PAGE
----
Steelers Franco Harris' first-ever acting role in a forgotten '80s tv horror series

Franco's first ever acting role was made possible thanks to Pittsburgh horror icon George Romero
Dec. 5, 1982; Pittsburgh, PA, USA; FILE PHOTO; Pittsburgh Steelers running back Franco Harris (32)
Dec. 5, 1982; Pittsburgh, PA, USA; FILE PHOTO; Pittsburgh Steelers running back Franco Harris (32) / Malcolm Emmons-USA TODAY Sports

It’s not unusual for some NFL players to moonlight as actors. Some have gone on to acting after their careers ended. You have heard of most of these names: Fred Dryer, Alex Karras, Merlin Olson, and even Terry Bradshaw, who had some on-screen time in some Burt Reynolds movies.

One player you do not associate with acting is former Steelers Hall of Famer Franco Harris. Why would you? Sure, he did do a local commercial for a car rental business in Pittsburgh during his playing days, and at the end of the commercial, he takes a swipe at O.J. Simpson and the Avis car rental commercials.

However, he never went on to be an actor. It wasn't his forte. That is true to a degree, but not entirely true. Franco did have an initial acting role in 1988, but it's one you probably missed. Adding the the intrigue this small role was, in part, made possible thanks to Pittsburgh icon George Romero.

How George Romero made Franco Harris’ tv role possible

In Franco Harris' final season in the NFL in 1983, a brand new show was hitting the airwaves. This show was not on any major television networks; instead, it premiered in syndication, in which any station could pick it up and air it. You would typically see it on local TV stations not affiliated with ABC, NBC, or CBS at that time.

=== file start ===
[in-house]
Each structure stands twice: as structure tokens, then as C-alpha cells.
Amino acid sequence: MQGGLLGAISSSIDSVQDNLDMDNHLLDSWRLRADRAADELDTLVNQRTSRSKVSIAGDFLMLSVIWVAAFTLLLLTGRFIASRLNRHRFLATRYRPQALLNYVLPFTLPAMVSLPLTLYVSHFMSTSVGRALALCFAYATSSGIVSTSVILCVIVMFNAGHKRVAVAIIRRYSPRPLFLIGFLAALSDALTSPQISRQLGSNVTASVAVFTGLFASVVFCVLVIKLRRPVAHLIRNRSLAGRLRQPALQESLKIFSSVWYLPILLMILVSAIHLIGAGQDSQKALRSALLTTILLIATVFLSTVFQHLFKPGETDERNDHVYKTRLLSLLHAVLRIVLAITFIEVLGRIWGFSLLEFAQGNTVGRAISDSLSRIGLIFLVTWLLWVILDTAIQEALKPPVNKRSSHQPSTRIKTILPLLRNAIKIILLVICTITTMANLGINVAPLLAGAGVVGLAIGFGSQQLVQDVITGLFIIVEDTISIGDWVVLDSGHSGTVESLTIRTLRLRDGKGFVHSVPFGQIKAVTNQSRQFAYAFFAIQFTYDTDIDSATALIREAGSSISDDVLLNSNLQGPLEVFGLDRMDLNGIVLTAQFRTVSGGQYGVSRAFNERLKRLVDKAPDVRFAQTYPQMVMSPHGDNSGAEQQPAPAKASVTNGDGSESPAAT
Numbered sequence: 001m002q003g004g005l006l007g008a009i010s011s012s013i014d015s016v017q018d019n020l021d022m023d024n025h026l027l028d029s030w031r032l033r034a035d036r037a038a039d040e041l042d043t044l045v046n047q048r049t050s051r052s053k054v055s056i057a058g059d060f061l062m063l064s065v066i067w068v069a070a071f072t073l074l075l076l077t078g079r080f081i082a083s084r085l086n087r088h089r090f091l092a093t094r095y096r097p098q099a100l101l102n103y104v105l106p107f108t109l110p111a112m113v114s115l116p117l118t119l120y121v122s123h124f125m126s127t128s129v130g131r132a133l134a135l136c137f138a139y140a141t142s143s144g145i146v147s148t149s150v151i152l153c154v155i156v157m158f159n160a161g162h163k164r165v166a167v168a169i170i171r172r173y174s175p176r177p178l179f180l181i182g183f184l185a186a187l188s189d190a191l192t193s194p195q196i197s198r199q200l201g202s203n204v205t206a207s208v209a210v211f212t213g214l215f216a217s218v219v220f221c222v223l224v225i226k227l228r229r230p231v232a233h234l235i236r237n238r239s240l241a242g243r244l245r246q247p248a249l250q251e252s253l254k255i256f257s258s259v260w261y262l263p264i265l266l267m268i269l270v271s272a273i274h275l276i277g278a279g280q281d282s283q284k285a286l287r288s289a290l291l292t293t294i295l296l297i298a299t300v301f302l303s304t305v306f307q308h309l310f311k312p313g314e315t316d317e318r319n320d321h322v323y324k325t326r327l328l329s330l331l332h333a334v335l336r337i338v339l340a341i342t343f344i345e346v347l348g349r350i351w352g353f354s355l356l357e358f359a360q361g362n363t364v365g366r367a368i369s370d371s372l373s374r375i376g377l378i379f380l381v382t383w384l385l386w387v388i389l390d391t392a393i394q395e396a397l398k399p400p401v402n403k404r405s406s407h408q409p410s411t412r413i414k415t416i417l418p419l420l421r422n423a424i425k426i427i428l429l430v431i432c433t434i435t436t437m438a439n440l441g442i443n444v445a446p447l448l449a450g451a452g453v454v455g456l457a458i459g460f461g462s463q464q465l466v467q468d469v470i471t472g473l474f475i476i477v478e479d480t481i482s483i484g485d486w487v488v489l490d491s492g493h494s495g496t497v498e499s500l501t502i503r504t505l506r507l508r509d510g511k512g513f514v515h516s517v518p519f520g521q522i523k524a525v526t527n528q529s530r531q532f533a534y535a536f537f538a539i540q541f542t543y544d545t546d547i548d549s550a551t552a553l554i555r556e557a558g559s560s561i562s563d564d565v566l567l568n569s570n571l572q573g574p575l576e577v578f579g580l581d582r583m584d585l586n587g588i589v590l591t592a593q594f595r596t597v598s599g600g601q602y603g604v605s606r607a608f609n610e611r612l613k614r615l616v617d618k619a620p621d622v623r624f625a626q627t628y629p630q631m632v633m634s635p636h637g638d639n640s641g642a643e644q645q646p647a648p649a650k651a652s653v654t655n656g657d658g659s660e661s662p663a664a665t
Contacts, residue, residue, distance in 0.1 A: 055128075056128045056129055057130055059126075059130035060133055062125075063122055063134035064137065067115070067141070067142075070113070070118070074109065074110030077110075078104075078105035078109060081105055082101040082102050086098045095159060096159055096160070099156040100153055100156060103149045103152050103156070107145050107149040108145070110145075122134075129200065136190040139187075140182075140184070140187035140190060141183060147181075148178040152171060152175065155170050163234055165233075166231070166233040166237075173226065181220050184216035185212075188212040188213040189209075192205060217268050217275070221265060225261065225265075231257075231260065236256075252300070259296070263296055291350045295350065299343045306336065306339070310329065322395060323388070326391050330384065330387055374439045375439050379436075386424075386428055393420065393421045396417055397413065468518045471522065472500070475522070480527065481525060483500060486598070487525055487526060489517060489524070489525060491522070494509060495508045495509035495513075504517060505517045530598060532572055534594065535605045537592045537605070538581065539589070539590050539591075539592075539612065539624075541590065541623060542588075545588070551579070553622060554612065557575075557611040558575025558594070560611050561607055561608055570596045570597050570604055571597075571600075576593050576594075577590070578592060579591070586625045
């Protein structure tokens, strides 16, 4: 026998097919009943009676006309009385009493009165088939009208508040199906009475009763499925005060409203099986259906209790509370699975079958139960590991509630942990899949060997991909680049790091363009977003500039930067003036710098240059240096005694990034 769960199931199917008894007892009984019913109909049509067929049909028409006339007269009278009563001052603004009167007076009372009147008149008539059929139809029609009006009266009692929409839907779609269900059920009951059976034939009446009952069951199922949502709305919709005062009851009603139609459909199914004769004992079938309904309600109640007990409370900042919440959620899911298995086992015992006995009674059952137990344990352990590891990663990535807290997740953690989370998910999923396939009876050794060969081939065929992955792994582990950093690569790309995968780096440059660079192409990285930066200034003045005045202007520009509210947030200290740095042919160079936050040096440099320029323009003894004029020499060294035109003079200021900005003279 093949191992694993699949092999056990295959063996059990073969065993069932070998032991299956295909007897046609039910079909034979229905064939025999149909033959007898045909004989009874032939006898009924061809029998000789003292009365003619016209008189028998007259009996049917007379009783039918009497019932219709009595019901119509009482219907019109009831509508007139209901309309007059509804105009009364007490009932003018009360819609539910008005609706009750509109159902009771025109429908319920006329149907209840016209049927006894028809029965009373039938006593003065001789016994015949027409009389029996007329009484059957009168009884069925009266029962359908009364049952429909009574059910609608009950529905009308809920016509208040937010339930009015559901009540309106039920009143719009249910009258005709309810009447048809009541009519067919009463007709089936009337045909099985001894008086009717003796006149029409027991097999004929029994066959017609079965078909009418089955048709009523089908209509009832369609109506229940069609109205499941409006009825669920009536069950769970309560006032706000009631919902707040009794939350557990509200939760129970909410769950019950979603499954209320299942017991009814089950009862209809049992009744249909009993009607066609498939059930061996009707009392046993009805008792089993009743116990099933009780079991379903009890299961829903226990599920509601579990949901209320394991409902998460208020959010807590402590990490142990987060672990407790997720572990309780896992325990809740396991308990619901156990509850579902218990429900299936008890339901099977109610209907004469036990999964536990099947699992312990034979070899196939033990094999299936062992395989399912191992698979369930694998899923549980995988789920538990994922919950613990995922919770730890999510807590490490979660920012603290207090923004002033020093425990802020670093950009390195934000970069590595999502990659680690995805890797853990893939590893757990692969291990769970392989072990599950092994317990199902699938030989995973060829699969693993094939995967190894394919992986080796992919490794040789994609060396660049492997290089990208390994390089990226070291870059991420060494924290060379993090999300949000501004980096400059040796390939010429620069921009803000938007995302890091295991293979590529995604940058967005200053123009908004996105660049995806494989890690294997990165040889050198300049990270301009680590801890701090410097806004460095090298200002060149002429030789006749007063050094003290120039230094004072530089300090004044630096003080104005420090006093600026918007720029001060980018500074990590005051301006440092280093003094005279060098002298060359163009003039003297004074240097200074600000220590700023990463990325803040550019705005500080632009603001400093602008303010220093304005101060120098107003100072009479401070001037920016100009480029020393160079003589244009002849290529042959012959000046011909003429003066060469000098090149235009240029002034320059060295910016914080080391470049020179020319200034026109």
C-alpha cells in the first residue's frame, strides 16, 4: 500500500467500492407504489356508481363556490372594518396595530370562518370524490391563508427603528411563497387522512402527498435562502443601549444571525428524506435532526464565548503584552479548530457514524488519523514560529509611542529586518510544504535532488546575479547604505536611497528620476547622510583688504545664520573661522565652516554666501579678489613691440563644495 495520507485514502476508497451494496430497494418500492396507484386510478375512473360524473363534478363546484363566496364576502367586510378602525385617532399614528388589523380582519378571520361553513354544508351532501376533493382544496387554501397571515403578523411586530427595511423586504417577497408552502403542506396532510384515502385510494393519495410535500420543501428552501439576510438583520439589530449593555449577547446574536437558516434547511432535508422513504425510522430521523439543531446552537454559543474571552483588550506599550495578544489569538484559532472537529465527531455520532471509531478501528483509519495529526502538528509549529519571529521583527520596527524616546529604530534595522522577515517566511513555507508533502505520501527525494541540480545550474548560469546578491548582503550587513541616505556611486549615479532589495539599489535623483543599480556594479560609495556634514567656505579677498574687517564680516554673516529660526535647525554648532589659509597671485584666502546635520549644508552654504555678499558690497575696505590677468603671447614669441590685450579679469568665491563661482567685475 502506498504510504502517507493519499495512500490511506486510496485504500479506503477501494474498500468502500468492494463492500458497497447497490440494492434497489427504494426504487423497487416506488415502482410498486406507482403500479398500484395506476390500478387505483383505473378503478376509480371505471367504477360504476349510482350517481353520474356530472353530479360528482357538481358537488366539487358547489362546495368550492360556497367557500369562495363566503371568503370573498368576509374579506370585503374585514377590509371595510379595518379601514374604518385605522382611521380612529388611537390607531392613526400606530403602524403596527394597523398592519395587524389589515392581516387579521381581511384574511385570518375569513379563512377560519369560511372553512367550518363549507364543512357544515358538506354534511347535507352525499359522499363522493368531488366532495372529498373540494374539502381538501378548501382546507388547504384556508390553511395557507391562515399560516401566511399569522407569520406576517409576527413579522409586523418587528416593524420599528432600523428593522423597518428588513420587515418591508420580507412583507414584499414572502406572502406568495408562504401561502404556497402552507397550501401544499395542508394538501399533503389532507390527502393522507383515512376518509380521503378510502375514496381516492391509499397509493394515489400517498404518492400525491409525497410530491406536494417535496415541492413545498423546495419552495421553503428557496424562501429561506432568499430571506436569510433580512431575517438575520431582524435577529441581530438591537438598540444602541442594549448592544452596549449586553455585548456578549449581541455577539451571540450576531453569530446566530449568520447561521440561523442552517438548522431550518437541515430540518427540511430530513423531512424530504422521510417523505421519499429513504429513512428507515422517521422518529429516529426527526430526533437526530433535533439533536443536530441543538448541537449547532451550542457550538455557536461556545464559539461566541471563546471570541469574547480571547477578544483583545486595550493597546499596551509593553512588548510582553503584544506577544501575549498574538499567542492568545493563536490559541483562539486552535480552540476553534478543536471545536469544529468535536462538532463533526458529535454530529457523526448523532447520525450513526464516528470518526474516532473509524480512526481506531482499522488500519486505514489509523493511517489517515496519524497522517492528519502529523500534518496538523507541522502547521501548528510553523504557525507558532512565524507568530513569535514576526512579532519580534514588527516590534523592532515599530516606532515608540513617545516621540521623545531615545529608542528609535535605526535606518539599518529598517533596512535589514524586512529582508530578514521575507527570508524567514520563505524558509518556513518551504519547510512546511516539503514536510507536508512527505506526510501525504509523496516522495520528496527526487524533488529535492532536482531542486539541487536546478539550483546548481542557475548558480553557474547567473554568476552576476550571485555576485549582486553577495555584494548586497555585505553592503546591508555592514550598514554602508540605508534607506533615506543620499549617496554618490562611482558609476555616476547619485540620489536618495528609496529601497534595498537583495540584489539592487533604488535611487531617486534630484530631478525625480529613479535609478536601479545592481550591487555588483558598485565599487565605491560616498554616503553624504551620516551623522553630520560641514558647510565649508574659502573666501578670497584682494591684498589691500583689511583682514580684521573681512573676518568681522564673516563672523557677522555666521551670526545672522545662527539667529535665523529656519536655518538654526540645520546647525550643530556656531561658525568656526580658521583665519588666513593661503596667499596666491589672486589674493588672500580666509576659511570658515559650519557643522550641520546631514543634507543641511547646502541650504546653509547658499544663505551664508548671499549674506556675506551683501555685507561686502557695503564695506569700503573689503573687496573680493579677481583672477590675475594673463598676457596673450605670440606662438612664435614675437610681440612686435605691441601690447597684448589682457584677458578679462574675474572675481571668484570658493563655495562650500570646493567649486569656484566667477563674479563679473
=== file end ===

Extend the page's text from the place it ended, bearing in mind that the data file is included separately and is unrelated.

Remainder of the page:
Another tidbit that Makes the show concept more interesting is that the show was the brainchild of George Romero, mostly known for his zombie movies shot in Pittsburgh locations. In early 1982, George Romero directed Creepshow, a film in three segments with a different horror storyline. Romero then decided to bring it to the small screen, although he had to jettison anything that would have tied it to the movie, as Warner Brothers had the rights to anything Creep Show-related.

The debut show was Tales from the Darkside, which Laurel Entertainment produced. Franco did not star in Tales from the Darkside, although it ran until 1988. As producers canceled Tales from the Dark Side, Richard P. Rubenstein spun the show off from Tales from the Darkside, making it more horror-related than Tales from the Darkside.

Birth of Monsters and Francos' first acting role

In 1988, Richard Rubenstein launched Monsters. In season one, episode six, Franco Harris made his debut alongside episode co-star Meatloaf, whose claim to fame in acting to that date was his cameo in the Rocky Horror Picture Show. There are few details on how Franco even landed the role; suffice it to say that when offered the role, he was available. 

Making the role more intriguing is the fact it was a slightly zombie-related episode as well, in which Franco's role is a football player who received a knee from a preserved dead man to help continue his football career. Then, 10 minutes into the episode, the zombie kills him.

If you watched the show, it typically had B-list actors and did not have a high production budget, and most of the episodes were kind of quirky. However, seeing Franco in a role where most people did not know he starred was fascinating.

Monsters would not be his last role, but it was just as obscure as his first. In 1996, Franco starred in an episode of Charlie Grace starring Mark Harmon on ABC. The show only lasted nine episodes before canceling, and it does not seem to float around much on most streaming services. Still, if you want to kill a half hour and have fun ahead of the start of the NFL season, check out Franco's first television role on Monsters.